I have had a lot of success in obtaining compensation benefits for employees who are fired during temporary light duty. Employers and insurers don't always know or follow the law. However, an injured worker doesn't want to go without a paycheck or a comp check while filing an appeal. The best course is to show up for the temporary light duty job, get any necessary additional restrictions from your doctor, and to quickly get a free consultation with a lawyer to discuss your particular case. While you still may have to do some kind of temporary light duty eventually, your attorney may be very helpful in guiding you through these problems.
--Written by Virginia Hunt, Hunt Law Office
Hay dos tipos de trabajo ligero para trabajadores heridos en Nevada: El trabajo ligero temporario, y trabajo ligero permanente. Las reglas son diferentes para cada tipo de trabajo ligero.
Trabajo ligero temporario es trabajo ligero ofrecido por el empleador mientras el trabajador herido todavía está bajo tratamiento con un médico. Trabajo permanente ligero es un trabajo ofrecido por el empleador después de que el médico que esté a cargo del tratamiento le da de alta al trabajador herido con restricciones de trabajo permanentes al final del caso.
Cada vez el empleado visita al médico que está a cargo de su tratamiento, debe recibir un reporte sobre su progreso médico (PPR). El médico escribe si el trabajador tiene restricciones temporarias de trabajo están en la parte de debajo de el reporte de su progreso ósea el PPR. El trabajador herido es responsable de tomar una copia del PPR a su empleador y preguntar si el empleador ofrecerá trabajo ligero que acomoda esas restricciones. Si no le ofrecen trabajo ligero, el trabajador herido recibe beneficios totales temporarios de incapacidad (TTD) del asegurador.
El empleador puede o no puede querer ofrecerle trabajo temporario o permanente ligero. Si el trabajo ligero temporario es ofrecido, el empleador debe enviar una confirmación escrita al empleado dentro de 10 días, pero la mayoría de los empleadores no hacen esto. Si el trabajo ligero temporario consiste en el trabajo dentro de la misma clasificación como el empleo antes del accidente, el sueldo por hora del empleado debe ser el mismo. Si el trabajo ligero del trabajo está en una clasificación diferente de trabajo, el empleador puede pagar sólo 80% del sueldo que ganaba antes del accidente.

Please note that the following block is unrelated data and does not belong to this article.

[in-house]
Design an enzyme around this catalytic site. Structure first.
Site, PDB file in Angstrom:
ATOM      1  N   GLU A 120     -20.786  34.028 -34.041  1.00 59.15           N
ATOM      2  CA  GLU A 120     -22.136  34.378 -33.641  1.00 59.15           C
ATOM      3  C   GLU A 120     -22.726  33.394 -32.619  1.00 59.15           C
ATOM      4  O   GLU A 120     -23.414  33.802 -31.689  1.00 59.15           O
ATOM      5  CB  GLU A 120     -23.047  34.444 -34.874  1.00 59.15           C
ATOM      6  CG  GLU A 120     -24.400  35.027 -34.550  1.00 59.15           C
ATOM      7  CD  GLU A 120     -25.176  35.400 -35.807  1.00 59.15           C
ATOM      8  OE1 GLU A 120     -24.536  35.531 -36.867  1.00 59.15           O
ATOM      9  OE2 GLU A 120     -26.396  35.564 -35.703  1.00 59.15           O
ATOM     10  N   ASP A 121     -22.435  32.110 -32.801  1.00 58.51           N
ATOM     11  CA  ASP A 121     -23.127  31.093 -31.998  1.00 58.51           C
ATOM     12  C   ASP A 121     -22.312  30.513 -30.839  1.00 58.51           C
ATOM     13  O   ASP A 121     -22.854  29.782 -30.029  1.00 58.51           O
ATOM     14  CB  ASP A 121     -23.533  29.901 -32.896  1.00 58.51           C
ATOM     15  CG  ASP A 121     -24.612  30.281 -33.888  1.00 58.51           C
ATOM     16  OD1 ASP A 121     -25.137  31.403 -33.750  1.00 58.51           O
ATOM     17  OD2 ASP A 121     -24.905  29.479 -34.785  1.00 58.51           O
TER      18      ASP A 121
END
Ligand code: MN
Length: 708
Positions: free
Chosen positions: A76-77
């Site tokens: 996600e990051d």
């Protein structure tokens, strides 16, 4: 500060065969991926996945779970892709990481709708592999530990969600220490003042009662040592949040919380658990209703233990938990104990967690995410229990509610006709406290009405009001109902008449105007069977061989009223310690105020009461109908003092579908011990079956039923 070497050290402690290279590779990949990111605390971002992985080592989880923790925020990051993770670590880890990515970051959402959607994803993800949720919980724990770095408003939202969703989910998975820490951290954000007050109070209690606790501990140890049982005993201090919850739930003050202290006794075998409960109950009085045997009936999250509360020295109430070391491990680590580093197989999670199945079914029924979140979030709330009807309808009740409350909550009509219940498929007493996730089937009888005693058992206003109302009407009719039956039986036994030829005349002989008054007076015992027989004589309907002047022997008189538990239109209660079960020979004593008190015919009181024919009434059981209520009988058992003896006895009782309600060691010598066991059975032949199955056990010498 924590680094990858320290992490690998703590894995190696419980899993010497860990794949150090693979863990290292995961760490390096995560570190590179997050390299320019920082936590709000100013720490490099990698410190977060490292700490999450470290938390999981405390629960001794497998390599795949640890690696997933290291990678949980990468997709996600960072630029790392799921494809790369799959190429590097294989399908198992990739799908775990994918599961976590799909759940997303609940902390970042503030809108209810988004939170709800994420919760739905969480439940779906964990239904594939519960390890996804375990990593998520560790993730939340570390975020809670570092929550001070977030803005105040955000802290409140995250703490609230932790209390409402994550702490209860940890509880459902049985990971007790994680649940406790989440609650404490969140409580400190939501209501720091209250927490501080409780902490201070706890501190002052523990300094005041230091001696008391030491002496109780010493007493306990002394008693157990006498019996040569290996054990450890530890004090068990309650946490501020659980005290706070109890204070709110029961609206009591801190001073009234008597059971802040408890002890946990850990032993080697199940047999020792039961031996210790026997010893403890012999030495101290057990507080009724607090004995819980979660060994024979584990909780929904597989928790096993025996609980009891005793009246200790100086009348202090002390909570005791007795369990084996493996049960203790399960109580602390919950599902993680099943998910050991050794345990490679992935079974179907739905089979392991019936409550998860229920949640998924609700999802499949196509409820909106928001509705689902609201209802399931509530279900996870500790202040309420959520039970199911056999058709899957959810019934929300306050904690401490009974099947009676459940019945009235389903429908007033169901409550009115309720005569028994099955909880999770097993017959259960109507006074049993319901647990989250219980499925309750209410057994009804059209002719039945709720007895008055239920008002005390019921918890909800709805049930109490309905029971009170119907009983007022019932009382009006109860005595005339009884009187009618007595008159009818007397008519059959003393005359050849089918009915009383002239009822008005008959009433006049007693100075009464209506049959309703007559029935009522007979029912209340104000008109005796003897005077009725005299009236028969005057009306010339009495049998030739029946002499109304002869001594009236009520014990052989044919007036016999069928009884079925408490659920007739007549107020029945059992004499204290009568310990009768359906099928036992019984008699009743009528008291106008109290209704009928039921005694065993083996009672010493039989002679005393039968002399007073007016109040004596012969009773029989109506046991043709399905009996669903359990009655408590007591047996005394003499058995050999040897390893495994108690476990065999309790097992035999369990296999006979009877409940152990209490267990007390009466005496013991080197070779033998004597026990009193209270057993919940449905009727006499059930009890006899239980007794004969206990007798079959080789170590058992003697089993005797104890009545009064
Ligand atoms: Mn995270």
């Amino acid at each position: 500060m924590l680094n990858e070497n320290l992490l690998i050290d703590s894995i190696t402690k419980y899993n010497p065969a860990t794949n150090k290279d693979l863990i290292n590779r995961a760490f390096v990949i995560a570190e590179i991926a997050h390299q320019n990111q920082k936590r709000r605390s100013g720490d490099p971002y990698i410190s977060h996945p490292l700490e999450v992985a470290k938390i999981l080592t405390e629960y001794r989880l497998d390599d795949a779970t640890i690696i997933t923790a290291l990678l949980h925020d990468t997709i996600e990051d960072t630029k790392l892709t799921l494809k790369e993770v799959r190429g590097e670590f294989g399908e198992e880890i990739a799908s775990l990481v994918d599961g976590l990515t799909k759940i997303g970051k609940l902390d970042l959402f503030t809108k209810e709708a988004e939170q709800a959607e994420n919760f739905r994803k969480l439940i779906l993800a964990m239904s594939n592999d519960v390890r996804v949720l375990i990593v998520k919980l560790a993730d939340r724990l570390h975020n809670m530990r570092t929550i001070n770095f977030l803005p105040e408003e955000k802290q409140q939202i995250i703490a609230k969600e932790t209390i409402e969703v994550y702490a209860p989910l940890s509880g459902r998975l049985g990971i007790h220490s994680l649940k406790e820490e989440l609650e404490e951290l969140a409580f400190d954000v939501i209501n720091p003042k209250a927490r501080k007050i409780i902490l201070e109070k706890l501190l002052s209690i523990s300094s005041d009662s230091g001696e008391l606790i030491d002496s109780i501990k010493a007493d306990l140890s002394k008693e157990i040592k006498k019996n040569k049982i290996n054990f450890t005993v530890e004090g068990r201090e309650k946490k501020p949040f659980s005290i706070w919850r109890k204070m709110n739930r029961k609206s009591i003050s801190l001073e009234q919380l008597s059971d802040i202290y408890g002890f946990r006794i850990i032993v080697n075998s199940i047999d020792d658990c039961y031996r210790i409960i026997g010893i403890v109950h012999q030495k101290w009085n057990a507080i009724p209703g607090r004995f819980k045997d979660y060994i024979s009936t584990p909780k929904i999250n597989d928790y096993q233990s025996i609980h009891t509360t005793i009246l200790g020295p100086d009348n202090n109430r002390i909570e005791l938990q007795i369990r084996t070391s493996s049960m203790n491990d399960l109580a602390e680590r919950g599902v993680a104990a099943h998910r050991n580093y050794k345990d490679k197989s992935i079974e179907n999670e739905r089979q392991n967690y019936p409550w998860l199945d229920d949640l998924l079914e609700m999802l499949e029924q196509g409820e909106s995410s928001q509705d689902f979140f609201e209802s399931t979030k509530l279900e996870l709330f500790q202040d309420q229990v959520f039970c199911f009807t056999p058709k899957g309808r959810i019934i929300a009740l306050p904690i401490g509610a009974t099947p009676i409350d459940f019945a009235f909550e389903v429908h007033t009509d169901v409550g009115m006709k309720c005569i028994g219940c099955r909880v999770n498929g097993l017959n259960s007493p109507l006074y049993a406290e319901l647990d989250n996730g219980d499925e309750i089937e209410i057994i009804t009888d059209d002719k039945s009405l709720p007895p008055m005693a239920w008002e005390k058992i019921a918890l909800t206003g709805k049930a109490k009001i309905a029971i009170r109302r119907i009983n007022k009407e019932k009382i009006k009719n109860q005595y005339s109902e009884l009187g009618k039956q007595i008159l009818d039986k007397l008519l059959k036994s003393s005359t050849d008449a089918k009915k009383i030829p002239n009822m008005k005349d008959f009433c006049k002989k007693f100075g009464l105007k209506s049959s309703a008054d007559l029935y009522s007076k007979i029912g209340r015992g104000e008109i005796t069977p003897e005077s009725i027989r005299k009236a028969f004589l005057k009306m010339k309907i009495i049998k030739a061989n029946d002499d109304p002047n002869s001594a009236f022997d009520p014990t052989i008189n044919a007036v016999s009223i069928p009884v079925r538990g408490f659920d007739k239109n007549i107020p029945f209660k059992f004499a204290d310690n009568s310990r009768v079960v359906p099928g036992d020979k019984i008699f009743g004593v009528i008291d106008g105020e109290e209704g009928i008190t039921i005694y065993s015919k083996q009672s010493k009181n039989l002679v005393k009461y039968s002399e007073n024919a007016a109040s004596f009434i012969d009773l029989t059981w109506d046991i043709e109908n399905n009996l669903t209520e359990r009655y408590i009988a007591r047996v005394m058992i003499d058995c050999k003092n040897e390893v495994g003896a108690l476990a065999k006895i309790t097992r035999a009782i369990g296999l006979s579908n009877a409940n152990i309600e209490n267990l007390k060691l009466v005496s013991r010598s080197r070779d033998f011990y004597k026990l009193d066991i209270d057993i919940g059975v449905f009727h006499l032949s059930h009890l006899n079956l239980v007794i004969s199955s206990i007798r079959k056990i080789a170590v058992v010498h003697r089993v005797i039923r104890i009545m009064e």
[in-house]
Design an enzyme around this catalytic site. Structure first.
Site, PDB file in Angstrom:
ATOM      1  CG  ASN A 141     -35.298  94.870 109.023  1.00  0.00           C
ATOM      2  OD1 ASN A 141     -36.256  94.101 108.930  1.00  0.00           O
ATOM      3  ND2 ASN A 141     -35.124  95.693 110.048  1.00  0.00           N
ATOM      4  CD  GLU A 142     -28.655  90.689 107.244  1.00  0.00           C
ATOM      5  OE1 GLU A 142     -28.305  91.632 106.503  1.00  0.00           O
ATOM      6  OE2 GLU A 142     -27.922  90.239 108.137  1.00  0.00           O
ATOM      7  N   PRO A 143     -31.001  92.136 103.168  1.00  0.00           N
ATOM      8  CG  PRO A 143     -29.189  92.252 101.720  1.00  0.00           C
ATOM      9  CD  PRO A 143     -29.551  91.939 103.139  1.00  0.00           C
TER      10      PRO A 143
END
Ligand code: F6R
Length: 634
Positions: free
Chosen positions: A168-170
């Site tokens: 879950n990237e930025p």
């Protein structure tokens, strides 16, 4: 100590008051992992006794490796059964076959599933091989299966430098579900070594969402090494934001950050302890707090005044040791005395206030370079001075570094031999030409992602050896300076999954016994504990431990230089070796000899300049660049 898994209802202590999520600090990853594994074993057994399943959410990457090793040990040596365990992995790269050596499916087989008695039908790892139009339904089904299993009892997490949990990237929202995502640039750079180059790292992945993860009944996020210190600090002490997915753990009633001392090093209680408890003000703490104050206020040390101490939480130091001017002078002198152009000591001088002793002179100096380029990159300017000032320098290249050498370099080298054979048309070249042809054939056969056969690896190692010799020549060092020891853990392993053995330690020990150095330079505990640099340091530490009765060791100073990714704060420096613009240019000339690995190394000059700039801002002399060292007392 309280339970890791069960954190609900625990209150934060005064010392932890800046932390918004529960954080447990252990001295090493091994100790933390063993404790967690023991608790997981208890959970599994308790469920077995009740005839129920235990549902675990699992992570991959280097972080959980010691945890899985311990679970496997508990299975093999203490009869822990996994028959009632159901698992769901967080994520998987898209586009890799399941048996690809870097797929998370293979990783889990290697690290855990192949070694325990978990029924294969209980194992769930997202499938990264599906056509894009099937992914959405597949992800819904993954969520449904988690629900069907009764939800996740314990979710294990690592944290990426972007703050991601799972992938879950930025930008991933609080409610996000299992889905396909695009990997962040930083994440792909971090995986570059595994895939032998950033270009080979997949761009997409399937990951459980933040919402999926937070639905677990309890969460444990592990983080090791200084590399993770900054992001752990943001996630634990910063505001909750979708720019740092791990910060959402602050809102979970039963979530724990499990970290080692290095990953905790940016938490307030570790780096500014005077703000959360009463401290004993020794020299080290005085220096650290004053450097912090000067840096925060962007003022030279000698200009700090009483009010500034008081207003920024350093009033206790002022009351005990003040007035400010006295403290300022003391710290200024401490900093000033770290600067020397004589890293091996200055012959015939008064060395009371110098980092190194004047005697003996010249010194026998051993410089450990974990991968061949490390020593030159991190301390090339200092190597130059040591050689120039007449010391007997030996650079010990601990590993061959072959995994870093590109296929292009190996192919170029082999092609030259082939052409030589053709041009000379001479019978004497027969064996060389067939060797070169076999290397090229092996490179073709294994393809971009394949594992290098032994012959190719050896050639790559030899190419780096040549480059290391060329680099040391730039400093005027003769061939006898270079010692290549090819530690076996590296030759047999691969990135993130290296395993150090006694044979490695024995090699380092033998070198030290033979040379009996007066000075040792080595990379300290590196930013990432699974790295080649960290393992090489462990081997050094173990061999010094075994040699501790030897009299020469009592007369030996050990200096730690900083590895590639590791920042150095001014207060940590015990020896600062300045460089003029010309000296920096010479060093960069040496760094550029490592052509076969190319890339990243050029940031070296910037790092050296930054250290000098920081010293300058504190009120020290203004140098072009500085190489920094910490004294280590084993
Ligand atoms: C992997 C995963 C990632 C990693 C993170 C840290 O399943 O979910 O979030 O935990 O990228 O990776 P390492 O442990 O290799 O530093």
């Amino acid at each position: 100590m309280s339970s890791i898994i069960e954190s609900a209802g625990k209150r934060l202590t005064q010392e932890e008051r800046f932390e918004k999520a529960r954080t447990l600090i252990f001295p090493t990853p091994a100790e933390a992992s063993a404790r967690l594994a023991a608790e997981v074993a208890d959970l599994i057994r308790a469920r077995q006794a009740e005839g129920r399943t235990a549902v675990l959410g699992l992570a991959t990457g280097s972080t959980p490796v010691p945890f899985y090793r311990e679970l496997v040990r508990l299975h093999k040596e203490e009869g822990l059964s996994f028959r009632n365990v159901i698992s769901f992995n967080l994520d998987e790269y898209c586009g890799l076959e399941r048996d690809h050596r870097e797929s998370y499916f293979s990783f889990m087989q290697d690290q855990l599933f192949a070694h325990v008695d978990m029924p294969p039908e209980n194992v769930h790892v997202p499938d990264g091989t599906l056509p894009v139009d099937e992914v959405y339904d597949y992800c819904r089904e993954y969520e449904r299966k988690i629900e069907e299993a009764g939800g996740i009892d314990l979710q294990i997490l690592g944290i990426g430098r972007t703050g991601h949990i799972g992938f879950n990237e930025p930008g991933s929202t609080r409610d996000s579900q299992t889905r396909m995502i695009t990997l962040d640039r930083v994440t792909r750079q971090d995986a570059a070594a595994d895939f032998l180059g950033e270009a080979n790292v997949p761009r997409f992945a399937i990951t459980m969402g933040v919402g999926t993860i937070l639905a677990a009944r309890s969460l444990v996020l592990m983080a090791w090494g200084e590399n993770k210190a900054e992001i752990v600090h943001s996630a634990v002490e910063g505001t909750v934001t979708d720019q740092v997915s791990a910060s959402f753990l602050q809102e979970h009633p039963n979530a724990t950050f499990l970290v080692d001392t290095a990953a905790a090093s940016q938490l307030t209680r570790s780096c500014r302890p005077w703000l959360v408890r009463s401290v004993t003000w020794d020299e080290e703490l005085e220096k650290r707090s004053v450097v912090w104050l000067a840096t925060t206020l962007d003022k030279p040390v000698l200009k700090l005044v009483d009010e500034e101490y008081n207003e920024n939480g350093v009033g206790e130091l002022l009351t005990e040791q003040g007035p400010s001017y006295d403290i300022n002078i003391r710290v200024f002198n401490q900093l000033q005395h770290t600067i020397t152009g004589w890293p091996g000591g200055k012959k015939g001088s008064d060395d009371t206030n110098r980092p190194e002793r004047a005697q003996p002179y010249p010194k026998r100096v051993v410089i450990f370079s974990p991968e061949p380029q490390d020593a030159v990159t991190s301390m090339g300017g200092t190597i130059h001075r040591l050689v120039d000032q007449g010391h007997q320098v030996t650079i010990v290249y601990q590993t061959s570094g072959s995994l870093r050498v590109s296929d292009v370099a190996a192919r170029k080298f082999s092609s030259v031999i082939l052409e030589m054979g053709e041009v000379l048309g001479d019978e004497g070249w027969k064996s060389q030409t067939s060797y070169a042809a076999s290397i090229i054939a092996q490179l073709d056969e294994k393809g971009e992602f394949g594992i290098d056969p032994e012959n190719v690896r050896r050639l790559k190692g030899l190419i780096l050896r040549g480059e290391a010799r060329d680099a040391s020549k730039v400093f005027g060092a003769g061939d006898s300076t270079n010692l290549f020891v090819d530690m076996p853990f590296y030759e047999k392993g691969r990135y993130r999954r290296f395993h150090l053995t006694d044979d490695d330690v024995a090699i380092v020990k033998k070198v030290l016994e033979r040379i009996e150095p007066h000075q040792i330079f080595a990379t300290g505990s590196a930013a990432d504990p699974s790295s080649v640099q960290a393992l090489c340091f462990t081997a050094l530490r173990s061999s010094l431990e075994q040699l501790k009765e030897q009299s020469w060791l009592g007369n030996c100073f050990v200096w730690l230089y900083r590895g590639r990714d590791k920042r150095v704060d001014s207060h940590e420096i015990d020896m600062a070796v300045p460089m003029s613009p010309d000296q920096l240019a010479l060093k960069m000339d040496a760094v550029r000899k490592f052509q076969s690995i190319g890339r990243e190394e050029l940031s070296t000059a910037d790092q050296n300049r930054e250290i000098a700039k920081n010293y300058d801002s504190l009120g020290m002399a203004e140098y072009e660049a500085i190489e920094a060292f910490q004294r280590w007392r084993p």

Las reglas con respecto al trabajo permanente ligero son mucho más estrictas. Una oferta permanente de empleo ligero del deber debe ser por escrito, debe permitir al trabajador herido 7 días para responder, y la intención del empleador debe de ser ofrecer una posición que sea permanente. El trabajo no debe ser humillante ni debe ser degradante, y debe ser aprobado por el médico a cargo de su tratamiento. Si el empleador no ofrece un trabajo permanente ligero dentro de 30 días de recibir una copia del reporte sobre su progreso médico (PPR) cual describe restricciones permanentes de trabajo para el trabajador, el empleado es referido para rehabilitación vocacional.
There are two types of light duty for injured workers in Nevada: temporary light duty, and permanent light duty. The rules are different for each type of light duty.
Temporary light duty is light duty work offered by the employer while the injured worker is still undergoing treatment with a doctor. Permanent light duty is a job offered by the employer after the treating physician gives the injured worker final work restrictions.
Each time the employee visits the treating doctor, he should receive a physician progress report (PPR). The doctor writes what the temporary work restrictions are at the bottom of that PPR. The injured worker is responsible for taking a copy of the PPR to his employer and asking whether the employer will be offering light duty work that accommodates those restrictions. If not, the injured worker receives temporary total disability benefits from the insurer.
The employer may or may not want to offer temporary or permanent light duty work. If temporary light duty work is offered, the employer should send a written confirmation to the employee within 10 days, but most employers don’t do this. If the temporary light duty work consists of work within the same classification as the pre-accident employment, the employee’s hourly wage should remain the same. If the light duty work is in a different job classification, the employer may pay only 80% of the injured worker’s pre-accident gross wages.
The rules regarding permanent light duty are much stricter. A permanent light duty job offer must be in writing, it must allow the injured worker 7 days to respond, and the employer must intend for the job to be a permanent position. The work must not be demeaning or degrading, and it must be approved by the treating doctor. If the employer does not offer a permanent light duty job within 30 days of receiving a copy of the injured worker’s permanent work restrictions, the employee is referred